“The black box is really key to knowing what happened, besides finding the wreckage,” he said.

Radar analysis “can be extremely accurate,” Henderson said. In the CAP team’s case, “over 90 percent of the time we narrow the search area based on forensics information. We’ve come within 65 feet of where a crash occurred and sometimes miles. It depends on the radar environment.”

Courtesy of Civil Air Patrol -CAP  

Thursday, January 30, 2014

A Tribute to Women Airforce Service Pilots

WHEN: Saturday, February 8, 2014 10 AM to 1 PM
19300 Ike Jones Road, Santa Ana, CA 92707
PHONE: 714-210-4585
Lyon Air Museum, a premier Southern California showcase for vintage historic military aircraft and vehicles, will conduct a symposium and book signing paying tribute to the more than 1,000 women who served as Women Airforce Service Pilots (WASPs) during World War II. LAM Docent and acclaimed author, Nancy Robison, will be on hand to sign copies of her latest book, “We Love to Fly,” about the brave and amazing WASPs who flew in support of the war effort.

“The WASPs courageous service to our country was essential to the war effort, enabling their male counterparts to be deployed en masse to combat zones around the world,” said Robison. ”They completed the same rigorous flight training syllabus, and by war’s end had flown 78 different kinds of aircraft, logging more than 60 million miles of flying while test piloting and delivering planes throughout the United States.”

In spite of this, they were not considered as military personnel at the time, and their service did not receive adequate recognition, nor military benefits, in the years following the war. It wasn’t until 1977 they were granted veterans’ status and the official acknowledgment they so deserved. As part of the program, World War II veteran WASPs will be on hand to tell their incredible stories, including 95 year old Beverly Beesemyer, who served while flying B-26 bombers stateside, towing targets for live ammunition practice.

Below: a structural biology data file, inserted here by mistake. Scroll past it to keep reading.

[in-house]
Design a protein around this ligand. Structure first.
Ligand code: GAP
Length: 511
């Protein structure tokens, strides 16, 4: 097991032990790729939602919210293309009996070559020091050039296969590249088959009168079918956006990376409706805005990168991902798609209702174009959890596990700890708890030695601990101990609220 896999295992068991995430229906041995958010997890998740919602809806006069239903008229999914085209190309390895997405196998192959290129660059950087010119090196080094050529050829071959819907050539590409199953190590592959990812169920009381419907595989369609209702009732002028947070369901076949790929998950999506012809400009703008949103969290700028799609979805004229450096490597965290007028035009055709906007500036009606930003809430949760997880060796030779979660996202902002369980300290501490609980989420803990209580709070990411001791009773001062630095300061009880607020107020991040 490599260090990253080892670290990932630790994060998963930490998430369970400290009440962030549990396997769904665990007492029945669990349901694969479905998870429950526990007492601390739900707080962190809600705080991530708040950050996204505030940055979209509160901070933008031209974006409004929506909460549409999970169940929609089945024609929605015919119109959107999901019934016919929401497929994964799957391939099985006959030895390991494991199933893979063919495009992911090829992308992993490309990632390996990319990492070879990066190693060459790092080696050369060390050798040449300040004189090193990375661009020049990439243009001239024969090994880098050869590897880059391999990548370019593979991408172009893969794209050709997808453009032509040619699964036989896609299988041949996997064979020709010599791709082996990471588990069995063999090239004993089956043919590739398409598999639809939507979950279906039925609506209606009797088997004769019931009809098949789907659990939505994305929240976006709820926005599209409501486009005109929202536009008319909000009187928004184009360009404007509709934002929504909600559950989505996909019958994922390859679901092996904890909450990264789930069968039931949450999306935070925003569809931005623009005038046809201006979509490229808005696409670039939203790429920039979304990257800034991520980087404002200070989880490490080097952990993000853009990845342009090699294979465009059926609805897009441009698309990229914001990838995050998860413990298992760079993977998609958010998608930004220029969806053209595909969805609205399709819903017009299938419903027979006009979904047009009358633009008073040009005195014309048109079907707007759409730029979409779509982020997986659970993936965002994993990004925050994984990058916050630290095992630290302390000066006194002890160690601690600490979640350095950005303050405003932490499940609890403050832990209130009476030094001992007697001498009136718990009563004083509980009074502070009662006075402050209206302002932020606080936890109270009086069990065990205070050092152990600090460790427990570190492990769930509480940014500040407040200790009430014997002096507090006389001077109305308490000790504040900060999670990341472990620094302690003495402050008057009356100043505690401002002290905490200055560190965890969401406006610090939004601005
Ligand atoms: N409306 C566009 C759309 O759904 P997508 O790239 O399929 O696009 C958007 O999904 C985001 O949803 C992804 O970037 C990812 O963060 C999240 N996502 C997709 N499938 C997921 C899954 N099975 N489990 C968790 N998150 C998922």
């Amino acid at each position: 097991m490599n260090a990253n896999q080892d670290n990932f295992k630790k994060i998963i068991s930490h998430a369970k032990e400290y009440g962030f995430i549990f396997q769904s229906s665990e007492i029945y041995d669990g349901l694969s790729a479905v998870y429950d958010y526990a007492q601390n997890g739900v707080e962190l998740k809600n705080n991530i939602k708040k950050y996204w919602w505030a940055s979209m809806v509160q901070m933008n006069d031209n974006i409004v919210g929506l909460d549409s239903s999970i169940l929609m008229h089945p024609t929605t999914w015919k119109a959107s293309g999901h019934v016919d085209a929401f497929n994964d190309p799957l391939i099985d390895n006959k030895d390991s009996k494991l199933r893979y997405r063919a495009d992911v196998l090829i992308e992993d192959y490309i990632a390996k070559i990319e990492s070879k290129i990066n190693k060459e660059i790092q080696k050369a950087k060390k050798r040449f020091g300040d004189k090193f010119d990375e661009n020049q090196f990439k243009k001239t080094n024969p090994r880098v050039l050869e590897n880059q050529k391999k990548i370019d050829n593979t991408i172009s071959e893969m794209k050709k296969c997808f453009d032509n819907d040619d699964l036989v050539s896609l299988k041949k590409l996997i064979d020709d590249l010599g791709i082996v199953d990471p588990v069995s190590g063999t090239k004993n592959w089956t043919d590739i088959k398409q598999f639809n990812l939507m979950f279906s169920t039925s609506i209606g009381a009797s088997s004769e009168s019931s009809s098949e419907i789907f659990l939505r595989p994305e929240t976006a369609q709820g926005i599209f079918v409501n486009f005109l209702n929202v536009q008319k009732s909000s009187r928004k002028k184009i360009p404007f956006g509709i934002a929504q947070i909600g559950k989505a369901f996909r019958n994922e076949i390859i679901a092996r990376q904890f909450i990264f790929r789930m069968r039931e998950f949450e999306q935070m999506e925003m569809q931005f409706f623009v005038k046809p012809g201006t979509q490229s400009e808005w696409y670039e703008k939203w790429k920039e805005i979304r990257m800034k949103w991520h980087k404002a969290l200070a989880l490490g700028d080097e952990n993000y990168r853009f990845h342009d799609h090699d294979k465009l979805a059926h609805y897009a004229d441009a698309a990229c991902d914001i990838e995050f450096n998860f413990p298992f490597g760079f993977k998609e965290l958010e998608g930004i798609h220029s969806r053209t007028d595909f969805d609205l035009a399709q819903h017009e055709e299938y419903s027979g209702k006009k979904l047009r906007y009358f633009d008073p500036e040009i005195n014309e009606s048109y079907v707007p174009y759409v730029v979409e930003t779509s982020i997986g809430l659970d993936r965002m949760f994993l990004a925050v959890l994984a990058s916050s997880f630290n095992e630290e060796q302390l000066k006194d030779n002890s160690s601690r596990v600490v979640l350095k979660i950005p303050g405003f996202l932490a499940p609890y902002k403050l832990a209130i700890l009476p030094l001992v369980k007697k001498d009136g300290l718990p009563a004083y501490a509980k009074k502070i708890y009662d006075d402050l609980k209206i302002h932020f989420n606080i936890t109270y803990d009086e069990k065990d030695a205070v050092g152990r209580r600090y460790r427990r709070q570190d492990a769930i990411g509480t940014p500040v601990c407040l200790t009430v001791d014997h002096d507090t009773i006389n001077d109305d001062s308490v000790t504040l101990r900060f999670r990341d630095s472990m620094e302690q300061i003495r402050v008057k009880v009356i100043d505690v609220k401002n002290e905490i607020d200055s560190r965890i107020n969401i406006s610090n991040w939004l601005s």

At the conclusion of the talk, an AT-6 Texan advanced trainer of World War II, the same type of aircraft often piloted by WASPs, is scheduled to take to the skies for a quick demonstration flight. “What a ship,” remarked Beesemyer after her first AT-6 training flight in 1944. “What procedure, what confusion!” she continued. And what a ship it was. The North American AT-6 Texan was a sophisticated single-engine aircraft used to train pilots of the US Air Forces, US Navy, Royal Air Force and other air forces of the British Commonwealth during WWII and into the 1950s. Powered by a 600 horsepower engine, and quite challenging to maneuver during takeoffs and landings, the complex “Texan” was designed to teach the Allied flyers all they would need to know before flying high performance aircraft in combat. LAM’s AT-6 es as a tribute to millions of men and women who served during World War II, and pays homage to the dedication, sacrifice and contributions of those like the WASPs who helped pioneer the skies.

Admission rates:
General admission–$12; Seniors and Veterans–$9; Ages 5-17–$6; Under age 5—Free.
Groups of 10 or more–$1 off each visitor. Pre-arranged school groups—Free.
In addition to Bev Beesemyer, Dawn Seymour, WASP, class 43-5 will also be at the Lyon Museum.

Courtesy of:
Linda Abrams, 2LT, CAP
Aerospace Education Officer

Friday, January 24, 2014

Promotions and Awards Ceremony

Civil Air Patrol Planned Giving

Make a Lasting Commitment to Service

The Civil Air Patrol was first created as a way for citizens to server their communities, and this mission remains strong today.  You can ensure the future of CAP through a gift in yur will or living trust.  A special type of gift, called planned gift, allow you to provide future for your loved ones and CAP